Stay with Your Children

Use common sense, keeping safety in mind, but as much as possible, we suggest escorting your children to public facilities ― even if they’re a little older and roll their eyes or protest and exclaim, “Whatever.” Very young children, keep with you, of course. For older kids, you might station yourself outside the door to keep an eye on who is going in and out.

Of course you can’t be with your children every moment. But you can still plan ahead and be proactive. For example, if family members or friends are taking your children to an event, let your family members or friends know that you want someone to stay with the kids while they use restrooms, locker rooms or changing rooms. You might calmly explain about the new world of “gender neutral” bathrooms and how some predators have taken advantage of this situation.

For pre-teens and teens, encourage them to use restrooms, locker rooms and changing facilities with a friend. This’ll probably be easier with girls, as they tend to go in groups, anyway.

Educate Your Children About God’s Design For Sex And Sexuality

One of the most important jobs for any parent is to educate and equip children on important topics ― including sex and sexuality. This education should start early and be age appropriate, biblically sound, and in the form of an ongoing dialogue with children.

Focus on the Family’s counseling staff receives many calls about this ― and parents are often reluctant to begin this process with their children. We encourage you to educate and equip your child, and we can help you in that process. Some of the basics that children should learn from a young age:

  • God made humans in His image  male and female.
  • Individuals are born either male or female.
  • Boys and girls are different  both are important and valuable.
  • Because we are made in God’s image, we are valuable and worth protecting.
  • Your body is good and was designed by God for a purpose.
  • Mommy and Daddy will help protect you.
  • You can learn things to protect and take care of yourself.

Thankfully, we’ve got some great resources to assist you in this area, including:

Focus on the Family’s “How Can We Help?” and Parenting: Sexuality sections of our website have dozens of questions and answers and articles about talking with children about sex and sexuality.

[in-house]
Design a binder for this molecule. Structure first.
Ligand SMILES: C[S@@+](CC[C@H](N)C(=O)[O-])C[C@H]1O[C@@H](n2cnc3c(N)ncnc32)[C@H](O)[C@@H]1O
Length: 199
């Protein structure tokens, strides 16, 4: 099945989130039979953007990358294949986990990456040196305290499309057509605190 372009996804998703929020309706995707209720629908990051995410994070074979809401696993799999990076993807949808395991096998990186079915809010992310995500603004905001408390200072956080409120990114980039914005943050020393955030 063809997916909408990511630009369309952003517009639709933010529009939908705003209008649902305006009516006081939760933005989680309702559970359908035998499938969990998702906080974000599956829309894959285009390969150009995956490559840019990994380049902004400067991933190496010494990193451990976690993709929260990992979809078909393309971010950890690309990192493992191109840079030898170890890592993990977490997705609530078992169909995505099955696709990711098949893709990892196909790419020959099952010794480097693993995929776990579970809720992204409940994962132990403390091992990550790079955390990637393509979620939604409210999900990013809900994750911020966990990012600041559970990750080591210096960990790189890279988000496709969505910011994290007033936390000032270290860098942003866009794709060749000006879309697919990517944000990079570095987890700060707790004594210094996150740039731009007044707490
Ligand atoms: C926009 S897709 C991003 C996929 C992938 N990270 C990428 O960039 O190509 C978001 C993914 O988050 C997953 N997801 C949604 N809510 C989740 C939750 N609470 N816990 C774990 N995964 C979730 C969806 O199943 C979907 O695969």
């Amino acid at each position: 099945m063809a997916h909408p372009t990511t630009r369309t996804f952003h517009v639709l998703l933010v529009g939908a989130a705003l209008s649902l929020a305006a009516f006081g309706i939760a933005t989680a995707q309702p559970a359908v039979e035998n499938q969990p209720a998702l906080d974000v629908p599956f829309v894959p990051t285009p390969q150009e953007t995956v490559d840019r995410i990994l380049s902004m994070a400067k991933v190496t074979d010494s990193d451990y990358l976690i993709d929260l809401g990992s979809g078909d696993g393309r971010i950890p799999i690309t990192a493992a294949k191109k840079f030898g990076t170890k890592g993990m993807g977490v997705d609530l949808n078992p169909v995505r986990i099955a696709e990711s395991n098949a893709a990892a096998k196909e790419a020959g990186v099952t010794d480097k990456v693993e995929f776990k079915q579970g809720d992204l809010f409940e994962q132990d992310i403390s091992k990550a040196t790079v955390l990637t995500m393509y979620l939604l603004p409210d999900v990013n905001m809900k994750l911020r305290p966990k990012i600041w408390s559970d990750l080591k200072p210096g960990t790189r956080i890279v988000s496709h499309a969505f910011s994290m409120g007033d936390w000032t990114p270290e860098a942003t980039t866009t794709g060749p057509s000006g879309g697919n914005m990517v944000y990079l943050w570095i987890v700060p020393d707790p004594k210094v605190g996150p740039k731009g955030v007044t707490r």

Equip Your Children to Deal With Unsettling Situations

Teach your children that certain parts of the body are private, and we keep those parts covered and protected. Both “The Talk” and “God Made All of Me,” listed above, have great information on communicating these truths. They also teach a simple three-step response for children when someone (other than mom or dad, a doctor or trusted family members) tries to see or touch those parts inappropriately. Check out those resources for more guidance, but the basic response to teach and for your child to practice is: 

  • Say, “No.”
  • Walk away.
  • Tell Mommy and Daddy (or a teacher or other trusted adult).

Learn More About These Issues and Get Involved

Most of the cities, counties and states that have passed special protections based on “sexual orientation” and “gender identity” did so under the radar ― without a lot of publicity, debate or input from individuals. They often did so without any real justification, too. Council members would ask, “How many complaints have we had on these issues?” Often, there was a resounding silence. In addition, many have not thought through the full effects of adding “sexual orientation” and “gender identity” to nondiscrimination laws.

At the federal level, the reinterpretation of “sex” to include “sexual orientation” and “gender identity” has taken place at the administrative level, through various federal agencies. Being male or female has been redefined without the input from the courts, Congress, or the public.


Here are a few simple suggestions for learning more and getting involved in these issues:

  • Subscribe to The Daily Citizen’s weekly enewsletter. We will help keep you updated on transgenderism – and other political and social issues – that continue to affect you, your family, schools, the church and our culture.
  • Get connected with other like-minded citizens. One good way to do this is by finding out about and participating with your state Family Policy Council. These groups advocate at the state and local level on issues related to marriage, family, education, life and religious freedom.
NOTE: Referral to websites not produced by Focus on the Family is for informational purposes only and does not necessarily constitute an endorsement of the sites’ content. Some links deal with sensitive and difficult issues and may contain content for mature readers